Pubdate: Fri, 15 Jan 2016
Source: Toronto Star (CN ON)
Copyright: 2016 The Toronto Star
Author: Betsy Powell
Page: GT1


What Toronto can learn from Colorado's taxation of pot sales

The gym rats who join the still-under-construction recreation centre
in central Denver, Colo., will owe their workouts to weed smokers.

In Pueblo County, south of Denver, students will soon be able to walk
to school on a sidewalk paid for by marijuana tax revenue, or apply to
the world's first cannabis-funded scholarship program.

"We're taking dollars that were previously going to drug cartels in
Mexico and using them to provide opportunity and education to the next
generation," says Pueblo County Commissioner Sal Pace.

Elected officials there recently approved the use of $2.5 million U.S.
in pot taxes to fund a mix of community projects.

As Canada prepares to legalize marijuana, cash-strapped governments at
every level across the country are eyeing the potential tax revenue
recreational pot might generate.

In Toronto, where the 2016 budget process is underway, many
councillors, fearing voter backlash, are loath to raise or impose new
taxes, even so-called sin taxes, while the city falls behind in its
ability to fund public services.

But in Colorado, one of four U.S. states so far to legalize pot for
recreational use, voters and lawmakers have embraced the idea of
collecting taxes from its sale.

In a statewide vote last November, 69 per cent of voters even rejected
refunds after the state collected an unanticipated $66.1 million in
pot sales tax revenue. Instead, $40 million went to school
construction and $12 million to youth and substance-abuse programs.
The remaining $14 million went into a discretionary fund, according to
the Denver Post.

Fixing roads, building sidewalks and funding post-secondary school
scholarships with pot tax revenue "was never something I thought would
be a reality in my time in government," says Pace. "It's a bit
surreal." But marijuana-related tax revenue - projected to pump $28
million into Denver's coffers this year - is no fantasy, says Tyler
Henson, president of the Colorado Cannabis Chamber of Commerce.

"That extra tax revenue the cannabis industry is bringing in is very
helpful for the state of Colorado and the cities," says Henson, who
calls his organization a "pro-business association for the marijuana

In 2014, when there were financial difficulties with the construction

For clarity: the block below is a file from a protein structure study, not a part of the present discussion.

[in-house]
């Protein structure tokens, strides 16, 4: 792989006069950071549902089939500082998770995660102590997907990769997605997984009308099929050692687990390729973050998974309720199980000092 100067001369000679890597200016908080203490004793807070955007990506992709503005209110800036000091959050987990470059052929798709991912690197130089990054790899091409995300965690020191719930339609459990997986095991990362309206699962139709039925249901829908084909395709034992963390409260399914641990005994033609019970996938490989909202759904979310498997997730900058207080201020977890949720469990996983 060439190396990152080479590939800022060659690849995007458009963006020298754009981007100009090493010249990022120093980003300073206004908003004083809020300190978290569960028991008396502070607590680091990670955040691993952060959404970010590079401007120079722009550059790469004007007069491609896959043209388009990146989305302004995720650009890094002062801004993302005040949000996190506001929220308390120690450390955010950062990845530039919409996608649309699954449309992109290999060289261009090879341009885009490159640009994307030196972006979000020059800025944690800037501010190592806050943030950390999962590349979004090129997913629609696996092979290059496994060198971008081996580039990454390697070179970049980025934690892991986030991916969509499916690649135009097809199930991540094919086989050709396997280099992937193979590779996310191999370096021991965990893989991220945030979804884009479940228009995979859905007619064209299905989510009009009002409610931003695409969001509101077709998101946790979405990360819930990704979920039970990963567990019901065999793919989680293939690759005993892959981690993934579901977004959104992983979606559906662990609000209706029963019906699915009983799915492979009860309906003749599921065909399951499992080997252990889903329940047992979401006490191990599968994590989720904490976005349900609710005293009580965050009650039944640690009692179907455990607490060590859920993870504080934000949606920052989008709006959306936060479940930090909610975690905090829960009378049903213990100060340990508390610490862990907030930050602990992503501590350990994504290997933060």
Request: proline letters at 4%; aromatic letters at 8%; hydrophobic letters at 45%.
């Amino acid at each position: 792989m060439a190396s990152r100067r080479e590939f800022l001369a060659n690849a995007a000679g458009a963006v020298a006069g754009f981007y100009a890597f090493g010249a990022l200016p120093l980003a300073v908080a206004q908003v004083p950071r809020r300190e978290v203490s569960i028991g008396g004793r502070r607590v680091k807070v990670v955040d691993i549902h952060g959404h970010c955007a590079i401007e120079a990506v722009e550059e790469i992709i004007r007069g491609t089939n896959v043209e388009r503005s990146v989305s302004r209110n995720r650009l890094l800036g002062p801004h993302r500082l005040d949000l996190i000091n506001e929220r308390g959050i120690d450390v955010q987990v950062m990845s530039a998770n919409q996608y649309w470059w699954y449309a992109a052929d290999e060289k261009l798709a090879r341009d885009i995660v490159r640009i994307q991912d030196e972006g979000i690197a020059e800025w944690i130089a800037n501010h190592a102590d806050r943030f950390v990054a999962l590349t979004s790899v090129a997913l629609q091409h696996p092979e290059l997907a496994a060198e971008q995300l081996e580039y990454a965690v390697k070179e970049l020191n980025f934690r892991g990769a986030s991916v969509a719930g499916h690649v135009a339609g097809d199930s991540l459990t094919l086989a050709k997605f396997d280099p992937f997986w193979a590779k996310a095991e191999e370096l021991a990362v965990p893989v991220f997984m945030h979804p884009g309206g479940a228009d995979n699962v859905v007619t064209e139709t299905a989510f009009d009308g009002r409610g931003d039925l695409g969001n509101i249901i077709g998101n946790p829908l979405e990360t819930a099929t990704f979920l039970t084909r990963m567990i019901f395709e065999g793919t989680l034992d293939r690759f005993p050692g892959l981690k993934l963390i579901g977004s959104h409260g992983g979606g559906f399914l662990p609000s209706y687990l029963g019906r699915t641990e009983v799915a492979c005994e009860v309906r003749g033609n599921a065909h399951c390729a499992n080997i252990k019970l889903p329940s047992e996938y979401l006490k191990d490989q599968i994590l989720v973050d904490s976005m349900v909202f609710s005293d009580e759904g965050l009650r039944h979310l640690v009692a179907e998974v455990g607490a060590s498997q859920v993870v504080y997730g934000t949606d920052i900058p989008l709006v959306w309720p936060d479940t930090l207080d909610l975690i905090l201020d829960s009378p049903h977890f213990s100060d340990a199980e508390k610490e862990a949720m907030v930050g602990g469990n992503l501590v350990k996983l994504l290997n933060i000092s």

of a Denver recreation centre, the city made a one-time allocation of
$3.2 million toward the $33-million facility after months of
collecting higher-than-expected retail marijuana revenue. Shovels went
into the ground late last year.

"I would never say that single-handedly legalizing recreational
cannabis would be the solution to every government's problem," Henson
adds. "But it's a good tool to have, and it can alleviate some
problems especially, if a city or a county is looking at a budget deficit."

Ashley Kilroy, executive director of marijuana policy for the city and
county of Denver, said pot revenue is prioritized toward regulation,
education, enforcement and public health, while excess revenues go
into general revenue to pay for city services.

However, that's "a very small portion of the overall city budget," she
wrote in an email.

Marijuana revenue constitutes only 2.3 per cent of the city's general
revenue fund.

All retail marijuana and related products sold in Denver are subject
to a general city sales tax rate of 3.65 per cent, plus a special 3.5
per cent sales tax, for a combined 7.15 per cent.

To ensure robust regulation of pot and responsible implementation of
legalized sales, "it takes a significant dedication of resources, and
that costs money," Kilroy wrote. "There should not be an expectation
that marijuana revenue will make a city flush with cash."

Mason Tvert, director of communications with the Washington, D.C.based
Marijuana Policy Project, says some jurisdictions in Colorado and
other legal pot states aren't limited to imposing sales taxes.

The state also allows local government to regulate "social consumption
venues," which pay licensing fees.

As of June 2015, more than 21,000 Colorado residents held valid
occupational licences to work in marijuana-related businesses. Those
businesses employ workers and use services from other sectors, such as
construction, legal, insurance and real estate.

"There's lots of opportunities," Tvert says.
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